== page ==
It is always interesting when people only quote the parts of the Constitution they like:
"Congress shall make no law respecting an establishment of religion, or prohibiting the free exercise thereof; "
It seems the pastor forgot about the “make no law respecting an establishment of religion” part of the First Amendment.
Which religion was the pastor trying to establish? Oh, and the pastor isn’t congress.
The establishment clause applies to the actions of all government bodies, state and federal. The pastor was an agent of the state government when he was officiating a graduation at a public school. This is all well-established constitutional law.
Added in edit:
The case you are looking for is:
That’s quite a leap there. Were the people who put up the decorations also acting as agents of the state government?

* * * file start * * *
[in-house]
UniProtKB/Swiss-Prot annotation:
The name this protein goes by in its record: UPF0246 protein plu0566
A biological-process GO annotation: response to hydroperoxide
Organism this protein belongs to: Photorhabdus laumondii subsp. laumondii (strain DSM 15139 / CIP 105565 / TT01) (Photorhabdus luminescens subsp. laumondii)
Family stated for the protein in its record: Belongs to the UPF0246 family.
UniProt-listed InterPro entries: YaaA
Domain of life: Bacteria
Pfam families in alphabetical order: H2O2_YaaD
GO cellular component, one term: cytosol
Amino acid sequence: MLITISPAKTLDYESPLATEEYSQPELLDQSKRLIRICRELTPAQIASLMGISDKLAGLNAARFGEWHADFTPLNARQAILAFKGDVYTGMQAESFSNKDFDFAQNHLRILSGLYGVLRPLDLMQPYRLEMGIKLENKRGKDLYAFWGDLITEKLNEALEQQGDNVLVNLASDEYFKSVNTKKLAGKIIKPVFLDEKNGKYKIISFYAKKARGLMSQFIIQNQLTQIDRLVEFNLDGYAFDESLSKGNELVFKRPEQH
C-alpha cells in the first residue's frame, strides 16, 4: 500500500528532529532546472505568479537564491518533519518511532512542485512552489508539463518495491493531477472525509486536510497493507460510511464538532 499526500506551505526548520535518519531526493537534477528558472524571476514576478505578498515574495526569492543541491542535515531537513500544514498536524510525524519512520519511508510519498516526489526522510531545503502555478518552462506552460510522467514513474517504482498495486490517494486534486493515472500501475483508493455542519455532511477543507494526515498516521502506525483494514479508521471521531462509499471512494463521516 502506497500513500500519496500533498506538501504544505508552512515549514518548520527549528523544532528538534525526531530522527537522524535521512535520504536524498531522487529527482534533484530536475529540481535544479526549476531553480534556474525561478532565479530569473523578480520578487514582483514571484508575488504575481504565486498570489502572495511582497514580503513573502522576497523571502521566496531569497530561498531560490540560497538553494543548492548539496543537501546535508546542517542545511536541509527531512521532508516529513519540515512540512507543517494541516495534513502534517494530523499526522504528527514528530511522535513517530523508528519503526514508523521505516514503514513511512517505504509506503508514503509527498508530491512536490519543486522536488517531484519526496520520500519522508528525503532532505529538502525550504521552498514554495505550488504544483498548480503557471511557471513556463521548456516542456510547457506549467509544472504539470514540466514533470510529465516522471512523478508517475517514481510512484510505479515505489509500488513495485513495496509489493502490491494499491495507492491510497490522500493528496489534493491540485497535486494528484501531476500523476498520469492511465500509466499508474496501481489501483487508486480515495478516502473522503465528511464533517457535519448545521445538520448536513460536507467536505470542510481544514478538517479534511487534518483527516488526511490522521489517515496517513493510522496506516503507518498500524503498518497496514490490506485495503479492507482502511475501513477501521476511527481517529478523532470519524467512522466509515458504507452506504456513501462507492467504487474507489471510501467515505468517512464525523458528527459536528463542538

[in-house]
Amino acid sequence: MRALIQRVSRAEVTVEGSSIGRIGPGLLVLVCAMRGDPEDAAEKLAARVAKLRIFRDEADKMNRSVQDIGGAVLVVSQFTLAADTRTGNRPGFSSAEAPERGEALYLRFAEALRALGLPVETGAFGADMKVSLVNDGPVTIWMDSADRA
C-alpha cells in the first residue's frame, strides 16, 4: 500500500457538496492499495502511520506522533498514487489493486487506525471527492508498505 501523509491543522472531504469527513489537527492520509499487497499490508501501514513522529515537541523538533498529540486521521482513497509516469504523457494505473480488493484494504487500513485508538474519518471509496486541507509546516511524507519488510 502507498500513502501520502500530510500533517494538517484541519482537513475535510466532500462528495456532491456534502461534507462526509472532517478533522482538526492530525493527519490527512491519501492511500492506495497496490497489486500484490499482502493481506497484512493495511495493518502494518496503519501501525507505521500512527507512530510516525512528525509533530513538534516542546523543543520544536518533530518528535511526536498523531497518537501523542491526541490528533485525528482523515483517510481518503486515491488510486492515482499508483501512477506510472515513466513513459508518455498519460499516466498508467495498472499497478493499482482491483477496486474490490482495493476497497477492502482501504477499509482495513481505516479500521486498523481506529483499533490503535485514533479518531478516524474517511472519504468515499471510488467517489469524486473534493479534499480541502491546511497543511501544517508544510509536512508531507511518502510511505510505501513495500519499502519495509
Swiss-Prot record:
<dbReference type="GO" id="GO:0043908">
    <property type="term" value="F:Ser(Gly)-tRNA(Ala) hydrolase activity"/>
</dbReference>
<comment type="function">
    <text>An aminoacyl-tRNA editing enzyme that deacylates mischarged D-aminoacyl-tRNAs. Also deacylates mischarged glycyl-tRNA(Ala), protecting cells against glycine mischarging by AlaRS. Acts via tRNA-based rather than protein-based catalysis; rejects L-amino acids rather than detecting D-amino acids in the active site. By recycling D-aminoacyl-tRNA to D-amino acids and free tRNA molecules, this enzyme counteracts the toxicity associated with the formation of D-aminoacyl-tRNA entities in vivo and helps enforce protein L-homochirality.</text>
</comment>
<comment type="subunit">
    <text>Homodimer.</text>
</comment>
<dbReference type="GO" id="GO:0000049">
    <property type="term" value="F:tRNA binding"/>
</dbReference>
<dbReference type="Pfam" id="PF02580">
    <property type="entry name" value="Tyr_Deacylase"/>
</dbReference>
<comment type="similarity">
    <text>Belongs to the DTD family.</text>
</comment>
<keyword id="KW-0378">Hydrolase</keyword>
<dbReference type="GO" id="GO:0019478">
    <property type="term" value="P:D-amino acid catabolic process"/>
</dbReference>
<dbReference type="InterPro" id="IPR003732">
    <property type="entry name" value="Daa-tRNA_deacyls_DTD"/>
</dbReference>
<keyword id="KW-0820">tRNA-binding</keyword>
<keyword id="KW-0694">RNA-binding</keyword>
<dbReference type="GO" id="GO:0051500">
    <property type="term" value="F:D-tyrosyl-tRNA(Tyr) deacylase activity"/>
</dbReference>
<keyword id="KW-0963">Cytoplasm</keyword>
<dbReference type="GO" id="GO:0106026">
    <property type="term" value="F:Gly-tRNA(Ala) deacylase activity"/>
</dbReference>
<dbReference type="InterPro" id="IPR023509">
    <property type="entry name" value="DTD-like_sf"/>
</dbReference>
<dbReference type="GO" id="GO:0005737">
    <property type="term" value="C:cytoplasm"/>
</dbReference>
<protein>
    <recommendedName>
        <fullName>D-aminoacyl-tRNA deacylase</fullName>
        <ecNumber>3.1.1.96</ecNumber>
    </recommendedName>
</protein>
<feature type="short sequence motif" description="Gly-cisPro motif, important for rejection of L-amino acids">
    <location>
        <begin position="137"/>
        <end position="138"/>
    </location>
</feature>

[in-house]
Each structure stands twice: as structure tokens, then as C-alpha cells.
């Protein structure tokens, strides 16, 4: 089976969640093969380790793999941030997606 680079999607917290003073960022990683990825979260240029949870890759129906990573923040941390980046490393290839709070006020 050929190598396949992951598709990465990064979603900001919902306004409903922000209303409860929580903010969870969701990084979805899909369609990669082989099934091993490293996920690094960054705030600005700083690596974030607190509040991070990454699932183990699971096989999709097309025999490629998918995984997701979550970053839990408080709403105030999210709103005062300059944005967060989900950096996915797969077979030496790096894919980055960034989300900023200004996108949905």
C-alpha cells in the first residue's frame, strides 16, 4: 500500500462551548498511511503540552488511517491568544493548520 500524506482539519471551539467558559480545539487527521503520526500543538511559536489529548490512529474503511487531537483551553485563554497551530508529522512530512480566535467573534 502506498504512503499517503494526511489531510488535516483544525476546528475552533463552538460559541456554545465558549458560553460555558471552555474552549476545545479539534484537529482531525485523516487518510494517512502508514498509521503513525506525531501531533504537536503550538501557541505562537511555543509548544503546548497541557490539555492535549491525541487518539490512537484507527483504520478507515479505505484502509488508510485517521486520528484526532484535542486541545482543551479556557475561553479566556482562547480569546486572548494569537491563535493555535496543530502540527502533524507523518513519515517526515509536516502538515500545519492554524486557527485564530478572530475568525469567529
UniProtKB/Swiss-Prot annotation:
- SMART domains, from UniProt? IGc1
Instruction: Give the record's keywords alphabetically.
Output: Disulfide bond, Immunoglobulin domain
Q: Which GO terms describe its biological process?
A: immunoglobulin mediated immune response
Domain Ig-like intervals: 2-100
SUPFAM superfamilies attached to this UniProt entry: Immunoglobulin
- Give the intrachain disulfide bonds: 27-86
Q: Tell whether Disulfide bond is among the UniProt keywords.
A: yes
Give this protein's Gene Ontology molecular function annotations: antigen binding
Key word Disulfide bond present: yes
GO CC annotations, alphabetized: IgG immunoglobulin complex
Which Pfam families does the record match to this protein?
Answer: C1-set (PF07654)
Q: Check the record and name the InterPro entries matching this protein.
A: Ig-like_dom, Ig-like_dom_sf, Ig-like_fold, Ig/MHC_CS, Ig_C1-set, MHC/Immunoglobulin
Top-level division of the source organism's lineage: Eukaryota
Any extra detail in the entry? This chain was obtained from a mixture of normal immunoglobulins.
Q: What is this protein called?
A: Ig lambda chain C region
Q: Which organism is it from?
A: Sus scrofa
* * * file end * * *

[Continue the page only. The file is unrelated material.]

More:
Yes. Why wouldn’t they be? They were participating in a function of an institution of the state at its behest.
Yes. Again, this is well established constitutional law.
Of course they were! And if some of those decorations were Bible verses and excerpts from the Quran, they would be agents of the state government unconstitutionally promoting religious messages—and thereby heading into the forbidden territory of establishing Christianity and Islam as religions favored by that state government.
It is also worth mentioning that the same restrictions apply to political speech, in case people were wondering. People can’t use their position within a public school to endorse a political candidate or party as part of public school functions. The freedoms found in the Bill of Rights are extended to citizens, not to government agencies.
I’ll have to remember to not interfere with them. Don’t want to get arrested!
I can admit that I have no idea what that means. (It flew right over my head.)
Yes, disturbing the peace or even criminal trespass (whether involving an “agent of the state” or not) is an offence subject to arrest.
If they put up decorations with crosses on them then yes.